The Morrison government's desire to block resettled refugees from ever setting foot in Australia stands as the major stumbling point from New Zealand taking 150 people currently caught in offshore detention.
While New Zealand Prime Minister Jacinda Ardern insists that's "a matter for Australia", her deputy Winston Peters is "not going to sacrifice" hard-won equality for Kiwis.
The contradiction from the two leaders at the heart of New Zealand's government comes as they wait to learn whether Australia will pick up the long-mooted offer.
The resettlement deal for refugees in Papua New Guinea and Nauru was first struck by then-prime ministers Julia Gillard and John Key in 2013, but never utilised.
The circuit-breaker to the refugees' indefinite detention appears part of a deal struck with Tasmanian senator Jacqui Lambie for her support to repeal medevac laws.
Australian Prime Minister Scott Morrison has denied the deal but is leaving the door open for Kiwi resettlement at long last.
Peters, who earlier said New Zealand was "working through" a deal with Australia, later said there had been no formal contact, echoing his Immigration Minister Iain Lees-Galloway.
In the murkiness, one thing is clear; neither Ardern nor her deputy will use the issue to seek a quid pro quo from Australia.
Ardern says she doesn't want anything in return to take 150 refugees from Australia's offshore detention regime.
In an interview with Sky News on Thursday, Ardern said the "ball is obviously in Australia's court" on the offer, making clear it was a genuine humanitarian offer without strings attached.
"That's just not the way New Zealand and Australia work," she said of a possible quid pro quo.
"We have a good, robust, strong relationship. The closest you'll find of any two nations in the world."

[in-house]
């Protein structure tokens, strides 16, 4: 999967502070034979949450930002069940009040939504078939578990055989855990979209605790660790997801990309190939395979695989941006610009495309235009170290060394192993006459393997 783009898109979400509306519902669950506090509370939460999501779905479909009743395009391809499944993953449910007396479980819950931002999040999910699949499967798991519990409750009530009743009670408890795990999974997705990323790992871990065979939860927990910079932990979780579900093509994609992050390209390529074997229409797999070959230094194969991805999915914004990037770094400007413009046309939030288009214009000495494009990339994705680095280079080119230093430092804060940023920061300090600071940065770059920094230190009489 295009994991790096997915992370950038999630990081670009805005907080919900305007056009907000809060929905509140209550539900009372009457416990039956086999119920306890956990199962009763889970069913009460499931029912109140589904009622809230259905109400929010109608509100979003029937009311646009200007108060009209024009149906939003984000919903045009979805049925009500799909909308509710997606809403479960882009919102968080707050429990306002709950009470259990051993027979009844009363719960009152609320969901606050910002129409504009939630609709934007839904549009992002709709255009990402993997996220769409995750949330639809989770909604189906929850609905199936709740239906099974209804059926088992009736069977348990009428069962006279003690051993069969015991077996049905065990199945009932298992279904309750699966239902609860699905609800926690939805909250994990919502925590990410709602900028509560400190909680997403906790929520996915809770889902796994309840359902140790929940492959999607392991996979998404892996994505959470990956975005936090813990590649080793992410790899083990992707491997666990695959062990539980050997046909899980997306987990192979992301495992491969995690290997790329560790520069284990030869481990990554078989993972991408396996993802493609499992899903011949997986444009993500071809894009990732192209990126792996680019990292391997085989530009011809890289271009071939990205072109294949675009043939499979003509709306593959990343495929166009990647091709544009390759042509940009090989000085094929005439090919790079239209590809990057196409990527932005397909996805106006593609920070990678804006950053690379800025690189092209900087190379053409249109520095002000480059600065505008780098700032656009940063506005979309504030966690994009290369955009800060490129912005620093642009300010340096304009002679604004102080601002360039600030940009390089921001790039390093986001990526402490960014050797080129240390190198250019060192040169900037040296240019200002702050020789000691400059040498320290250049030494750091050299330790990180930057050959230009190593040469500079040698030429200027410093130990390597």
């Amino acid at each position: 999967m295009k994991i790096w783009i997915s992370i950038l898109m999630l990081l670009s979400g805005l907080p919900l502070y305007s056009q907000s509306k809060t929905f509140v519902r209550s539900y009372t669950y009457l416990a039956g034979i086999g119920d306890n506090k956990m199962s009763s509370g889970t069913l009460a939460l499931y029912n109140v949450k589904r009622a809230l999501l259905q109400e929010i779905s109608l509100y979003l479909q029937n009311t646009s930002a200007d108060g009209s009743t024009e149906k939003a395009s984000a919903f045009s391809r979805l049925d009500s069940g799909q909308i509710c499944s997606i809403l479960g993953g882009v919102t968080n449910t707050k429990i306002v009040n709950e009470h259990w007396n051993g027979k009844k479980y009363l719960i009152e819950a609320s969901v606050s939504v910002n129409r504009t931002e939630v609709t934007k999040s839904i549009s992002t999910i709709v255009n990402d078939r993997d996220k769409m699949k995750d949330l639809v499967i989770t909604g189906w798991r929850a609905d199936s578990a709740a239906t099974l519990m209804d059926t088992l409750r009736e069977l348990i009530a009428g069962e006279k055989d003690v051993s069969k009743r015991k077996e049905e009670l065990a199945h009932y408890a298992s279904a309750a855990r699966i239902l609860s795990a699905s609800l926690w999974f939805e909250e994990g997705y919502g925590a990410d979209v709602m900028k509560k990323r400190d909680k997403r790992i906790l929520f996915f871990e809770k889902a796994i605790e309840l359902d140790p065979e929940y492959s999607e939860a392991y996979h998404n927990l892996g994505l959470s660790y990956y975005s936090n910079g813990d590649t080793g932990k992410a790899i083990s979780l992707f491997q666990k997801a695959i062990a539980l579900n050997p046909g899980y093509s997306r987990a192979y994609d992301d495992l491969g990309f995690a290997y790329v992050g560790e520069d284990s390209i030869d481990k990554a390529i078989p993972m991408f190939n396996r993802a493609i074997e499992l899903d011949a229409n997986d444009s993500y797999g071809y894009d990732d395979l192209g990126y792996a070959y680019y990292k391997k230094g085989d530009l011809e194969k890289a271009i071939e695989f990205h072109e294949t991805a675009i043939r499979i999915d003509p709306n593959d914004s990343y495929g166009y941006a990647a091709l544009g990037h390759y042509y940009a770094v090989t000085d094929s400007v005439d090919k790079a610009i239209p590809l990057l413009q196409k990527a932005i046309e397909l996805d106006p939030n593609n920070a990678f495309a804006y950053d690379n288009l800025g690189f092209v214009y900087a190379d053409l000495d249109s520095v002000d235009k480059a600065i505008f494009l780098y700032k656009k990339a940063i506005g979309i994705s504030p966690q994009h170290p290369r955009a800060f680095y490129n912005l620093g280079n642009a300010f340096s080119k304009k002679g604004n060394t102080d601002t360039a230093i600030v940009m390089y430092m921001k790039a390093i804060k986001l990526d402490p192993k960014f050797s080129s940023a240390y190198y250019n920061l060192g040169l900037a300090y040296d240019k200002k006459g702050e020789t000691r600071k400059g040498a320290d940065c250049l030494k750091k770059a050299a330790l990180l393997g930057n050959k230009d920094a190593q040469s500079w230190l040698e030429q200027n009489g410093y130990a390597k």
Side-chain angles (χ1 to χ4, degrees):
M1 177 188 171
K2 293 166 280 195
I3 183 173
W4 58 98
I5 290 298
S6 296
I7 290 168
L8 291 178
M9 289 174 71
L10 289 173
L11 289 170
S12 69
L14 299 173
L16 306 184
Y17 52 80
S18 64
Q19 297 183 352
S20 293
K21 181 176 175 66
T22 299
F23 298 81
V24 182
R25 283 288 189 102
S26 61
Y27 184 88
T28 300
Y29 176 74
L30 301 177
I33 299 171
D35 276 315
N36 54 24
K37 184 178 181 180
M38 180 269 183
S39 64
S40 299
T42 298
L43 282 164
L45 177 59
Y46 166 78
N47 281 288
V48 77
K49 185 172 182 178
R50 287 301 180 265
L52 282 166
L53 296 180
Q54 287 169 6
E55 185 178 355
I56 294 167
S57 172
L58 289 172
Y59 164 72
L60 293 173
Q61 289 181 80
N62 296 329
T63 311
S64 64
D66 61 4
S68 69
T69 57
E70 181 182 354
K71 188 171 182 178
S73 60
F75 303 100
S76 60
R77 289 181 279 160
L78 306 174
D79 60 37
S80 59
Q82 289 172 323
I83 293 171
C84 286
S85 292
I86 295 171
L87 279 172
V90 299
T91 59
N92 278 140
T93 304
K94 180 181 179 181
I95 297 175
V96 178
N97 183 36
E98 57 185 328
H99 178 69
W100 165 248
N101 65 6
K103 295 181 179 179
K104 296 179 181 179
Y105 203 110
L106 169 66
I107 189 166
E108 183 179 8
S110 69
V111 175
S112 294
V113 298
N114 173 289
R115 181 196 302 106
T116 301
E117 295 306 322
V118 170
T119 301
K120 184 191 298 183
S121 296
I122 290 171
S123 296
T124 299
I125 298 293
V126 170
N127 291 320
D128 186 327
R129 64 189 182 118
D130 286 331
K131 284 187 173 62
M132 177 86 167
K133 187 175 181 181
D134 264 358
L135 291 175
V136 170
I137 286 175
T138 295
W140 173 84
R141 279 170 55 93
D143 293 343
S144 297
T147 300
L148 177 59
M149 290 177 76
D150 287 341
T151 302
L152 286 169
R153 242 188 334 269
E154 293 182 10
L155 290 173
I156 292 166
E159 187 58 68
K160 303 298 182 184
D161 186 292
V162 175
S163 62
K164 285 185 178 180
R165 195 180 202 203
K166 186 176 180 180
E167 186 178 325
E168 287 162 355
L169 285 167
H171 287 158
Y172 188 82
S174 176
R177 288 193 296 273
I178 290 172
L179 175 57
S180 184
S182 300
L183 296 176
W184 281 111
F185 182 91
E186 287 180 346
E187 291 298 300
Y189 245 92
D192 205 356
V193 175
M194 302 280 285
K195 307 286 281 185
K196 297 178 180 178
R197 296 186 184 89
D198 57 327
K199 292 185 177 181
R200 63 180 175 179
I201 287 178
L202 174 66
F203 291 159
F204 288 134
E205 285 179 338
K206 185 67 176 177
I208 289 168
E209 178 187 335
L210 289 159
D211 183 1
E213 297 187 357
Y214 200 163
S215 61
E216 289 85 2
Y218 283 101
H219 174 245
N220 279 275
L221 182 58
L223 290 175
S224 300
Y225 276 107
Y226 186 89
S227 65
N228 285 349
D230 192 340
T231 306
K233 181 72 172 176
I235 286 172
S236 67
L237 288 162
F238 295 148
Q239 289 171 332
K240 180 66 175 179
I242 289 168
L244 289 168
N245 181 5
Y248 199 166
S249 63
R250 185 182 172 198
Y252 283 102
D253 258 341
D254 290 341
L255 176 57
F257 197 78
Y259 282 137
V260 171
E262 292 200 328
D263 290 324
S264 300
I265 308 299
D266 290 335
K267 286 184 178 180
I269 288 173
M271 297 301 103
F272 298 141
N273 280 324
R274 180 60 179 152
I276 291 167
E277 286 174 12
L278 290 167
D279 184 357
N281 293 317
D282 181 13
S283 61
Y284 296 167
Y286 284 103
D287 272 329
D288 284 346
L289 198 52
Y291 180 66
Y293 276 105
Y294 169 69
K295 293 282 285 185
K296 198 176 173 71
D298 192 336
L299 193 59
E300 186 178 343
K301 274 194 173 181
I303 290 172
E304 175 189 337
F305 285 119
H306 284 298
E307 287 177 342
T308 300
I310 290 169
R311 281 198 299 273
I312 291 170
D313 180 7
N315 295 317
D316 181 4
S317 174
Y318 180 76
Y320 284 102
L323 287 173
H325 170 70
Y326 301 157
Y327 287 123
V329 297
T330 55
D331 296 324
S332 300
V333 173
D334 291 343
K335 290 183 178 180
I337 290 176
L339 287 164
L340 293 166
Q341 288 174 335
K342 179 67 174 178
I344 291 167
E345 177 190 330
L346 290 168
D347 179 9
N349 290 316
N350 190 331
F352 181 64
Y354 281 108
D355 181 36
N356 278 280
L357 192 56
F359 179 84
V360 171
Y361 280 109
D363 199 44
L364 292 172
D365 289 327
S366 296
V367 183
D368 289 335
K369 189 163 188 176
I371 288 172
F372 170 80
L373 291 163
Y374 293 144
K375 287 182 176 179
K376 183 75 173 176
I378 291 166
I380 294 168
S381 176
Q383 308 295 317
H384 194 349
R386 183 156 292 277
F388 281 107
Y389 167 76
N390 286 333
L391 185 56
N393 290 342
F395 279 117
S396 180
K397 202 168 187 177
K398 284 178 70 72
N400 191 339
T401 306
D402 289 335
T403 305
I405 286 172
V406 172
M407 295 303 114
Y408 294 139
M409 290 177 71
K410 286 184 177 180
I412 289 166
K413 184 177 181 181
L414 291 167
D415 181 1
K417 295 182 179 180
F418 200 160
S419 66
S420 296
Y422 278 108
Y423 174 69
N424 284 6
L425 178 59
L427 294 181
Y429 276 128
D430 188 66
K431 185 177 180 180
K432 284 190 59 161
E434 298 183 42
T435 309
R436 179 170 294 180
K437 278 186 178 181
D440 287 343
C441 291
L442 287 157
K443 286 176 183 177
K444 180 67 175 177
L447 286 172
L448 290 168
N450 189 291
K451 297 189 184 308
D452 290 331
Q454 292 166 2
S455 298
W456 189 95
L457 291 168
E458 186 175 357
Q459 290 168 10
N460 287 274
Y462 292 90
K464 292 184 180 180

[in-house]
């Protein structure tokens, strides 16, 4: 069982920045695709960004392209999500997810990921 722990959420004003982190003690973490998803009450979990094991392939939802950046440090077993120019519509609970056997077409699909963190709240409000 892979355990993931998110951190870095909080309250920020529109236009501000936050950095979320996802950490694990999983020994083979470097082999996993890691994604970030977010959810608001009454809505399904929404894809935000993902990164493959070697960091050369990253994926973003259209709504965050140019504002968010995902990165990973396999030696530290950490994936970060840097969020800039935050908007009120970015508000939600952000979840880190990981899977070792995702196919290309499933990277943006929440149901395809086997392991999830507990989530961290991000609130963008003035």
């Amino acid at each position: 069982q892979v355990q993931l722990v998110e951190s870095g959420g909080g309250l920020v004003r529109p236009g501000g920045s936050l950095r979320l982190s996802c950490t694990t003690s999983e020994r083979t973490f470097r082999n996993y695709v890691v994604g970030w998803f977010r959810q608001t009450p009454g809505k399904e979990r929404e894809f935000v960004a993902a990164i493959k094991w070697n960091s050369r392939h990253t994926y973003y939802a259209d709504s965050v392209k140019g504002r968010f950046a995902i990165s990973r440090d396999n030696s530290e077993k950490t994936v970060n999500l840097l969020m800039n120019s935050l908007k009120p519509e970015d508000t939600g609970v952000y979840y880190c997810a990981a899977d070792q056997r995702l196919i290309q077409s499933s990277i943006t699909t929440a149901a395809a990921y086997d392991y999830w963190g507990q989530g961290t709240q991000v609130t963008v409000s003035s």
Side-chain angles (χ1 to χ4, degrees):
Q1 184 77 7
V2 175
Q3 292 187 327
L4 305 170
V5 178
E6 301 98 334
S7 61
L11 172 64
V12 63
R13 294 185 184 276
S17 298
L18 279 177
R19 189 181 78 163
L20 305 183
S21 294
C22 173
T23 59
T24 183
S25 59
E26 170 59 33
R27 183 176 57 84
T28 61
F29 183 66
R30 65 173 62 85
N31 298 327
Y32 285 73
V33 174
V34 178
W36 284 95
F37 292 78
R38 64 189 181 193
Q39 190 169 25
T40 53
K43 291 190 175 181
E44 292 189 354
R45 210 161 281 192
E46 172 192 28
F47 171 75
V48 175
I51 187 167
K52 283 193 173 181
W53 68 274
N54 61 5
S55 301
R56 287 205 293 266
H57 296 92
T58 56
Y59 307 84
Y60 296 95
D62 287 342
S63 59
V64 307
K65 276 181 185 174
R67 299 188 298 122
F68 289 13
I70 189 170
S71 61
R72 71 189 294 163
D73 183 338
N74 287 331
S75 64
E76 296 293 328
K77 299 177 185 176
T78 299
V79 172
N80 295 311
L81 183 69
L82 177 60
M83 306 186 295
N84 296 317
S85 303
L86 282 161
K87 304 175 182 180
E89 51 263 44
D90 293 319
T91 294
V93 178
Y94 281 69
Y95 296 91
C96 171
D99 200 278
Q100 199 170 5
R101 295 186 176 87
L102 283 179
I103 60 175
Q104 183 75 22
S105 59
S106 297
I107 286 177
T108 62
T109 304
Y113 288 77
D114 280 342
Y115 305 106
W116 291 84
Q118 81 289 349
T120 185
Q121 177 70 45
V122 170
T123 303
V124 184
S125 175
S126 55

Peters agreed, adding "It would be inappropriate surely to use the miserable circumstances of people to negotiate something else".
"It would show us to be a country that acts in bad faith and we're not one of those countries."
The NZ First leader and foreign minister parted from Ardern when he warned would-be deal-makers not to "get ahead of ourselves" should Canberra seek to block the refugees setting foot on Australian soil.
"You mean having New Zealanders with second class status? That's what the effect would be and so there's a whole lot of work we'd have to engage in," Peters said.
"We made the offer to them but the acceptance of the offer is something we're working our way through at the present time so we shouldn't get ahead of ourselves.
"We're a country that prizes ourselves on treating people fairly and equally. That's everybody.
"And so, when a citizen comes to this country they get the full defence of the law, and equal treatment. We're not going to sacrifice that overnight."
Ardern said desires to block refugees from crossing Australian borders wouldn't be a deal-breaker.
"Of course we would want to maintain as much consistency as we're able to in the treatment of New Zealand citizens but it is a domestic issue," she said.